When we asked London College of Communication to find us an expert on advertising, what we didn’t think they’d give us was a forerunner in the advertising industry, who runs his own agency and has experience working for big brands such as Mars and Audi. Here’s how Rachel Bilson got on chatting to Ben Tucker…
Ben graduated from Buckinghamshire University with degree in advertising and has worked for all kinds of agencies, on all kinds of brands across all types of media. His clients have ranged from Audi to Armstrong and Miller, Dr Pepper to Durex. The Cannes Gold Design and New York Festival Gold are just two of the awards he has won. Today, as well as running his own agency Tucker Concept and Copy, Ben teaches Creative Thinking for Advertising and Confident Copywriting at London College of Communication. Here’s what he had to say when I spoke to him in between lessons…
How did you get into advertising?
A short, sharp slap of an idea from Tango had me creating my own little films and characters on pads and Betamax. My university course promised to funnel this creativity into ads. Companies funding the creation of ideas? I couldn't resist.
Which campaign do you consider your greatest achievement of your career so far?
'How Refreshing. How Heineken' and 'Withabix/Withoutabix' campaigns were a joy to work on. Since then, the 'Mars Megavendor' and 'Mini Flow' executions have been exciting pieces.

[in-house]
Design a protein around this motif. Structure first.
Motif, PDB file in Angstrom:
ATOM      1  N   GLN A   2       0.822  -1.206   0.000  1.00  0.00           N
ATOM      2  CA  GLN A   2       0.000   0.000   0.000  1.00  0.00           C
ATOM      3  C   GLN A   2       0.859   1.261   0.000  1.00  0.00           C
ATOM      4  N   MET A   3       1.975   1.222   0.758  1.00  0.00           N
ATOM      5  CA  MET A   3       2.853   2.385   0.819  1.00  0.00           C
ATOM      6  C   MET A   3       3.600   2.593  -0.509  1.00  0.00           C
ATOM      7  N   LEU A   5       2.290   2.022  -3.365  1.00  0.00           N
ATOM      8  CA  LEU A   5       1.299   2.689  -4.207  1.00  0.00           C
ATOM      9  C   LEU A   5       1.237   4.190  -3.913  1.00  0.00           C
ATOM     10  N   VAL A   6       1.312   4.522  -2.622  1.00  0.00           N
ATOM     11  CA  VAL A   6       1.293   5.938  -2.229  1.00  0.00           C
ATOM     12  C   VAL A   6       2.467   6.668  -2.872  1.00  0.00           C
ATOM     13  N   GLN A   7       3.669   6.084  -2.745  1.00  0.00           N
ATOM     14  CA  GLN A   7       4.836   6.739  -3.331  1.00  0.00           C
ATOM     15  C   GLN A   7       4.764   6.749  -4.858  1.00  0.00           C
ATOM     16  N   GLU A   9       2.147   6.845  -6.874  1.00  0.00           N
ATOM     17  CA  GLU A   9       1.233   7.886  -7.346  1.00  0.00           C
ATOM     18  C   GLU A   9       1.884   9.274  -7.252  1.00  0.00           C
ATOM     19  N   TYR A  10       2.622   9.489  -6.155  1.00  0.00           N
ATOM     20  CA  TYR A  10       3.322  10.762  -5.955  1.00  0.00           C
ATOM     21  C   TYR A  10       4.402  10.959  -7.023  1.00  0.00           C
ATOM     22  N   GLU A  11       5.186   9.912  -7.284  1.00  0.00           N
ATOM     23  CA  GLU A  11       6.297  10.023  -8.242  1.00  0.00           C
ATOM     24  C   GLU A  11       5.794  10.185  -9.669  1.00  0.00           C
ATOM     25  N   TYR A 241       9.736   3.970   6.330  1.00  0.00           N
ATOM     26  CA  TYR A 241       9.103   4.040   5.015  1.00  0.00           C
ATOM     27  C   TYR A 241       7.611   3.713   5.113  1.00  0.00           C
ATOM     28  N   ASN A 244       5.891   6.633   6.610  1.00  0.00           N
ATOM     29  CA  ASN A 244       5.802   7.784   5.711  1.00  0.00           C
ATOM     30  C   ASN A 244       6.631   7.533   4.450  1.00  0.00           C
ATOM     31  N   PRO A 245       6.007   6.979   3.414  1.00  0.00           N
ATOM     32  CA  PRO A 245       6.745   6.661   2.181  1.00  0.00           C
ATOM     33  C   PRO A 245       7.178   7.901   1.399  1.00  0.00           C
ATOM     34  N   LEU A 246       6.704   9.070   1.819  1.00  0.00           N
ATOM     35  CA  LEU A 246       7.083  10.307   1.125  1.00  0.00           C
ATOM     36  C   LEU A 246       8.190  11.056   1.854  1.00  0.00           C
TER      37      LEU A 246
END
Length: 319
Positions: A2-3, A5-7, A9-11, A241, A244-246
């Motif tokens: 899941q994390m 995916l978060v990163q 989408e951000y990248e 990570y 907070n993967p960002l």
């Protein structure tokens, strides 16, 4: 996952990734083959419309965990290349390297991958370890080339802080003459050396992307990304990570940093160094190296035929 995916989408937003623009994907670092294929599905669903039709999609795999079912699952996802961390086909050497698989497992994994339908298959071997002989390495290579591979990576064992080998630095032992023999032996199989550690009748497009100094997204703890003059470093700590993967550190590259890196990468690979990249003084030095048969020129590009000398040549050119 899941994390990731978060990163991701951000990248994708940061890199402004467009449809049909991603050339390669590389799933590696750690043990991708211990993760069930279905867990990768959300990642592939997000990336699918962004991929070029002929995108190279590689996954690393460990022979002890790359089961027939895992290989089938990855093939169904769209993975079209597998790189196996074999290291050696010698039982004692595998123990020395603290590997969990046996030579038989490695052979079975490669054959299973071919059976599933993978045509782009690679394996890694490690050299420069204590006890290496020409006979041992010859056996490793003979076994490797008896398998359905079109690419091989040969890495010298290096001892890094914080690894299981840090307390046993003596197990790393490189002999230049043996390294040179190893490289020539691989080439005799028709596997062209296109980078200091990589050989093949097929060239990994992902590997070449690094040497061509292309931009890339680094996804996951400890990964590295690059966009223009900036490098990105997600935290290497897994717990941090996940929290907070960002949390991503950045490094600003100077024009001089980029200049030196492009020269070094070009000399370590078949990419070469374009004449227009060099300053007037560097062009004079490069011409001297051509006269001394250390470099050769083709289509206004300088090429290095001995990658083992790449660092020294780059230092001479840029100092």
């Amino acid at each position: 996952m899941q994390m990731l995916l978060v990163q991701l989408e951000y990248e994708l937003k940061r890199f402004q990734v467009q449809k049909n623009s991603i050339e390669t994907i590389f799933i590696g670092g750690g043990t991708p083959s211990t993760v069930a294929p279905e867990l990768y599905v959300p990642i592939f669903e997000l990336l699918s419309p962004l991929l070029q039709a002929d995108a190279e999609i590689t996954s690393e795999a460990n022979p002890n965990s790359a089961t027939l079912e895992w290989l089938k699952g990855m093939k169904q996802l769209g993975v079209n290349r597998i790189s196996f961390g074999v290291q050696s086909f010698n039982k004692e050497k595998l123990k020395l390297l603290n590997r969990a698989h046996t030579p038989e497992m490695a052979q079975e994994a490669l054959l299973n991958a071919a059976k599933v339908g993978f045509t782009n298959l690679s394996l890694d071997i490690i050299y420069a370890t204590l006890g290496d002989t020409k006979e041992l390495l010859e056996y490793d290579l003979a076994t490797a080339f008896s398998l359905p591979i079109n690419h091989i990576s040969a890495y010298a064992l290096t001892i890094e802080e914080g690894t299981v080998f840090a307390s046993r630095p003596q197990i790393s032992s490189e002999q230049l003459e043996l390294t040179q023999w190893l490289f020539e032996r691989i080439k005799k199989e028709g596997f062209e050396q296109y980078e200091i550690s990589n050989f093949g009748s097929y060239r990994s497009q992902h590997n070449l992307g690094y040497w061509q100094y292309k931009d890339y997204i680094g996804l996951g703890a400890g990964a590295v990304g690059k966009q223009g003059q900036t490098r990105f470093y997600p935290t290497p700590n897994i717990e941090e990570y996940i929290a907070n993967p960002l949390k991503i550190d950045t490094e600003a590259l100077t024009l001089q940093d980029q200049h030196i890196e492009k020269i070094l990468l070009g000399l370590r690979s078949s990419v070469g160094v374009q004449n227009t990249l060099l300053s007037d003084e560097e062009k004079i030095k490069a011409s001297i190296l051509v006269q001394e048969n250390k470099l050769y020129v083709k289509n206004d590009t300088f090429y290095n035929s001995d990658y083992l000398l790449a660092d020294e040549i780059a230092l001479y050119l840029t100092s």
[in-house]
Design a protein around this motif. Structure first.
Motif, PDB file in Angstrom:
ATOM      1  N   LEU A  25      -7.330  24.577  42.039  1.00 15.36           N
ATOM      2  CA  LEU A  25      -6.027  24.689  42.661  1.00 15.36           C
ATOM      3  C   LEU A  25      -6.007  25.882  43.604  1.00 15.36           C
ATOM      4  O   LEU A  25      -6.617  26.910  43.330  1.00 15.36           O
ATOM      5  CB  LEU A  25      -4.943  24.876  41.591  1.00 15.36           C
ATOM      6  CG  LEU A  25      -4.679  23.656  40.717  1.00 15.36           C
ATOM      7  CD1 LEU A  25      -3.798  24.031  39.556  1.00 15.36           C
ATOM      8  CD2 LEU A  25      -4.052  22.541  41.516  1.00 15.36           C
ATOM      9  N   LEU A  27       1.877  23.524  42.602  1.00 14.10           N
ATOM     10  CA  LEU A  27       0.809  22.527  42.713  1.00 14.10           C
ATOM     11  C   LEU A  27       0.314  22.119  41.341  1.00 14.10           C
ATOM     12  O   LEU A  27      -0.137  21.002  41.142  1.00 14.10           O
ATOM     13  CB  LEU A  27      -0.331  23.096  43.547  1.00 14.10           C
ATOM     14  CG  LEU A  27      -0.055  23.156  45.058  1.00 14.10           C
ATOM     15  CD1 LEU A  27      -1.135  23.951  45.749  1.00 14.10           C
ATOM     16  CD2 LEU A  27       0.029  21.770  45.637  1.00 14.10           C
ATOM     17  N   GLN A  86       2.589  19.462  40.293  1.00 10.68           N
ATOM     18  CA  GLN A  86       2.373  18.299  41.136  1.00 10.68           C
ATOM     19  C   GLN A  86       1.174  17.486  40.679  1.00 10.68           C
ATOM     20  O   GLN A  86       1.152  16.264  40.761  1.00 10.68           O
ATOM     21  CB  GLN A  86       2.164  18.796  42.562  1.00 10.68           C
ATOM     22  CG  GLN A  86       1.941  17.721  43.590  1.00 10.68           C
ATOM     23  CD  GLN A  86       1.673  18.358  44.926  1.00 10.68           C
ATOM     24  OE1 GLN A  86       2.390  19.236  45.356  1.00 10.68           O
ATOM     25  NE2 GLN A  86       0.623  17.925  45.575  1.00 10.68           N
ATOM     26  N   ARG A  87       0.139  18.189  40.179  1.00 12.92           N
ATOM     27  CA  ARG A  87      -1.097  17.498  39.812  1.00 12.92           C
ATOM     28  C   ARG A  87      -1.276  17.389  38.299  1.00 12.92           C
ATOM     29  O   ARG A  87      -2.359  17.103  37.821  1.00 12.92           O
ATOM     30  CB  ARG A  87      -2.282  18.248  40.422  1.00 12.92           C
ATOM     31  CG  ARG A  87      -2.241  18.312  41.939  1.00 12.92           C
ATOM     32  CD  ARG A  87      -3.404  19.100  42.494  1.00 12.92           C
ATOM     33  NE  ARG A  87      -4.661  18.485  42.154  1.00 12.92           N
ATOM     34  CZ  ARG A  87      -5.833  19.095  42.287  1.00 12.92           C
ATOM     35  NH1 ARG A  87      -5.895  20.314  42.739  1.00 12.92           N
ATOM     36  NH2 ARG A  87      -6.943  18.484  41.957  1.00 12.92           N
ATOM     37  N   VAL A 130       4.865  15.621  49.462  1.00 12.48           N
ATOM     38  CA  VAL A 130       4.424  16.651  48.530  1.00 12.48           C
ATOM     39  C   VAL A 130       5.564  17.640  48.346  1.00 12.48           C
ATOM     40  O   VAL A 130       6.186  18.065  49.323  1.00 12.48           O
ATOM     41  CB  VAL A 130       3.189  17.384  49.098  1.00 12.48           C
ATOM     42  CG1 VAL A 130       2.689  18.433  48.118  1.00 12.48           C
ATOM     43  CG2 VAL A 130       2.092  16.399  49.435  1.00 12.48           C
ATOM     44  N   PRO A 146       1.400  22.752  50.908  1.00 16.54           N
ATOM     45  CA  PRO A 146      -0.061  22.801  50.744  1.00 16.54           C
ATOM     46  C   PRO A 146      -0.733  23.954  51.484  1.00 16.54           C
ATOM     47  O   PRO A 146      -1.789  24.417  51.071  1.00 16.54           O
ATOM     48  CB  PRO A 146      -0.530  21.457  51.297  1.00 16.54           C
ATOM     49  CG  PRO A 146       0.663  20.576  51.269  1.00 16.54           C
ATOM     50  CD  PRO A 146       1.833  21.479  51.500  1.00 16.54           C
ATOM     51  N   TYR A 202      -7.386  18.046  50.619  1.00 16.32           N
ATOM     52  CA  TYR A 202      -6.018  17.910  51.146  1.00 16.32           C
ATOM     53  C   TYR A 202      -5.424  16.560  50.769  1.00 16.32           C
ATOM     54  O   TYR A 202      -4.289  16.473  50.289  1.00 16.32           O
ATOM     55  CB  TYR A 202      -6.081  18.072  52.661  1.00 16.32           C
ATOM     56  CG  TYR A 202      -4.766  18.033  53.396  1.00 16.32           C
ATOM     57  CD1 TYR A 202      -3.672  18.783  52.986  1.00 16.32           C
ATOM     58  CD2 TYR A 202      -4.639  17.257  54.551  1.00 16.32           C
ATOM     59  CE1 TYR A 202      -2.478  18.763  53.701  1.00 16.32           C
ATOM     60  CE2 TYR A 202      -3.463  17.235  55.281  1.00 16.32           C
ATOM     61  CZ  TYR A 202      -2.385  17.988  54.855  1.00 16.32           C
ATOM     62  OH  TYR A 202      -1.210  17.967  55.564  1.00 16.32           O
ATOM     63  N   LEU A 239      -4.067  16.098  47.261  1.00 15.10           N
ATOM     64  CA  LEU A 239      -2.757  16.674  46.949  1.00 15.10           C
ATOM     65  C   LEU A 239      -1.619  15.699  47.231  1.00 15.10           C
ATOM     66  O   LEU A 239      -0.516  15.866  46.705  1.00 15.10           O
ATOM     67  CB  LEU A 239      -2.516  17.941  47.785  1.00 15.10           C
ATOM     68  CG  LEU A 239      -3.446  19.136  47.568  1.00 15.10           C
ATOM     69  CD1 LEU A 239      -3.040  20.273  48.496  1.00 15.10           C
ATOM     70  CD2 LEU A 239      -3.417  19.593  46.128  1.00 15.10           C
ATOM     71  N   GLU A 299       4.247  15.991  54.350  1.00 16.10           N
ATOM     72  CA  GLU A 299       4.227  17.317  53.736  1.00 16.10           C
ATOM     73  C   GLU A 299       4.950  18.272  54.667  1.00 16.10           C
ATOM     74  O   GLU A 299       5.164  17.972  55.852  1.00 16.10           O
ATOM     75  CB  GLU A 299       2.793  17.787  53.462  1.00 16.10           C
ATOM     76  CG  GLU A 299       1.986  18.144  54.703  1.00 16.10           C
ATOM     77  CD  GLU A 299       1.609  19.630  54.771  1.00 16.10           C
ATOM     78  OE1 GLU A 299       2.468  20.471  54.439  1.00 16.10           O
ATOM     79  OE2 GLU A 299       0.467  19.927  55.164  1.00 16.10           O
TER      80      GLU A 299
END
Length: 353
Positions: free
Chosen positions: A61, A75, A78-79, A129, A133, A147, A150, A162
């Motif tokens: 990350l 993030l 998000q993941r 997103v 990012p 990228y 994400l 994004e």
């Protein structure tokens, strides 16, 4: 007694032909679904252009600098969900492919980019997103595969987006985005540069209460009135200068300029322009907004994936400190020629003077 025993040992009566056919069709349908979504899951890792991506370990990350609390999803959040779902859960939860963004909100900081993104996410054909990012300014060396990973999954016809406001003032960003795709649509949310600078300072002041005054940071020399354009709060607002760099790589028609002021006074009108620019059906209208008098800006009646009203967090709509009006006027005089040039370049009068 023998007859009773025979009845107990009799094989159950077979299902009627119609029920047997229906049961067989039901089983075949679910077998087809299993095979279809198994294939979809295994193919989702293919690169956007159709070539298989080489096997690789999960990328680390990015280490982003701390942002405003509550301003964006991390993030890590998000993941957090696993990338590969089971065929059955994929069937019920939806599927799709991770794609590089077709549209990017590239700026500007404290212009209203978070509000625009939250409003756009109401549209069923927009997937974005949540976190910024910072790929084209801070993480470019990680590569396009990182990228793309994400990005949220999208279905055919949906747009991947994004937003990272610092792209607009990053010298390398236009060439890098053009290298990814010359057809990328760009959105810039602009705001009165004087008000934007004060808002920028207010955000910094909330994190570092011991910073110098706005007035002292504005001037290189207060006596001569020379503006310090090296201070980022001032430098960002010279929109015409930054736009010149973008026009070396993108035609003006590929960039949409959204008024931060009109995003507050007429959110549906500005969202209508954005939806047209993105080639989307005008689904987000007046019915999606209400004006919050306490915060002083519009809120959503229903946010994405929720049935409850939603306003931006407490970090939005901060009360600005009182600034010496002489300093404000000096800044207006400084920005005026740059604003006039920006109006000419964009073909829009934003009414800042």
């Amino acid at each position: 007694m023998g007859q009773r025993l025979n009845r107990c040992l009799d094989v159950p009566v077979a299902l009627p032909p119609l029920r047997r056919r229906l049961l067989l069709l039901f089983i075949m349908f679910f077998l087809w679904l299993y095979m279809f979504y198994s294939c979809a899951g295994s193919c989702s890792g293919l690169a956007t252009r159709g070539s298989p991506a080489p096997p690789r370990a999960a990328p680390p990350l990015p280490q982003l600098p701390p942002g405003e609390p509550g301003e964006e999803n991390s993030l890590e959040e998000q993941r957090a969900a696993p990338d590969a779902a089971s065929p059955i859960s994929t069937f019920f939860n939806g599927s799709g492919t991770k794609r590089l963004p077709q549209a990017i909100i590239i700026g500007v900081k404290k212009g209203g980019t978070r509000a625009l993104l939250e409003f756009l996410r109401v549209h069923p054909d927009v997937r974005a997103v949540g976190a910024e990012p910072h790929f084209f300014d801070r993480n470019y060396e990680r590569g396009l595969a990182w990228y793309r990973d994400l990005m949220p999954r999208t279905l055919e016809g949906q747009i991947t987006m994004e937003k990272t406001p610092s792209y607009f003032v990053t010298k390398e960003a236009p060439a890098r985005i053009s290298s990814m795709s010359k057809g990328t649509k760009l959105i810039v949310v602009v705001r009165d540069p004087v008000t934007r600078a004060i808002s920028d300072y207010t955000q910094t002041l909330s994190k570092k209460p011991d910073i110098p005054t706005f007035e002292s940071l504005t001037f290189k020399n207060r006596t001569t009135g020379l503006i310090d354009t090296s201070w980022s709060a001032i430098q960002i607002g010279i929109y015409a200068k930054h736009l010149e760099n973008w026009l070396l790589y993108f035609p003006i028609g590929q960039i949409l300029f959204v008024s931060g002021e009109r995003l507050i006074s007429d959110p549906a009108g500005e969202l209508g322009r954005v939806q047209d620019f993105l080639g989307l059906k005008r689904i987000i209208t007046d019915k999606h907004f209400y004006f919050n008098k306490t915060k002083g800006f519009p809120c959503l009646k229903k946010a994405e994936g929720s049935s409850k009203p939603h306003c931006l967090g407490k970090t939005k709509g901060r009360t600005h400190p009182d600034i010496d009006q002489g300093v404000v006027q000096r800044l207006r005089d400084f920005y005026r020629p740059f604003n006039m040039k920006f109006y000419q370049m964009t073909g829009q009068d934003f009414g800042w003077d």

The sound it! Blood, sweat and tears or natural talent – which do you need more of to succeed in advertising?
Both can be learned. Once you know yourself and what makes you tick, you can create your own discipline. If you really want to succeed in advertising, you can.
Which campaign do you wish you worked on?
Royal London 'Over 50s Life Cover TV Advert' because it’s one of the few ads that feels like a real treat. It reminds me of Python's 'Holy Grail'.
How do you think technology is changing advertising?
Posters are becoming TVs, TVs are becoming computers, we watch TV ads on YouTube, read newspapers through websites, and the whole damn lot can fit on a phone. The hype is shifting, yet people are still as bored and excited as they ever were. I relish every opportunity to shake them with something new. New ideas, stories, characters and inventions.
What's your prediction for the next big thing in advertising?
If it's predictable, then it's not new. If it's not new, or done right, it won't be big. So I'm going to go with dancing walrus eggcups.
Ok! We’ll look out for those! Lastly, have you got any advice for people looking for jobs in advertising today?
There's a lot of crap out there. Try not to add to the pile. If it smells familiar, flush it. Make what you would like to see, and show it to people you'd like to work for.
If Ben’s insights have inspired you, have a look at the full list of advertising courses available.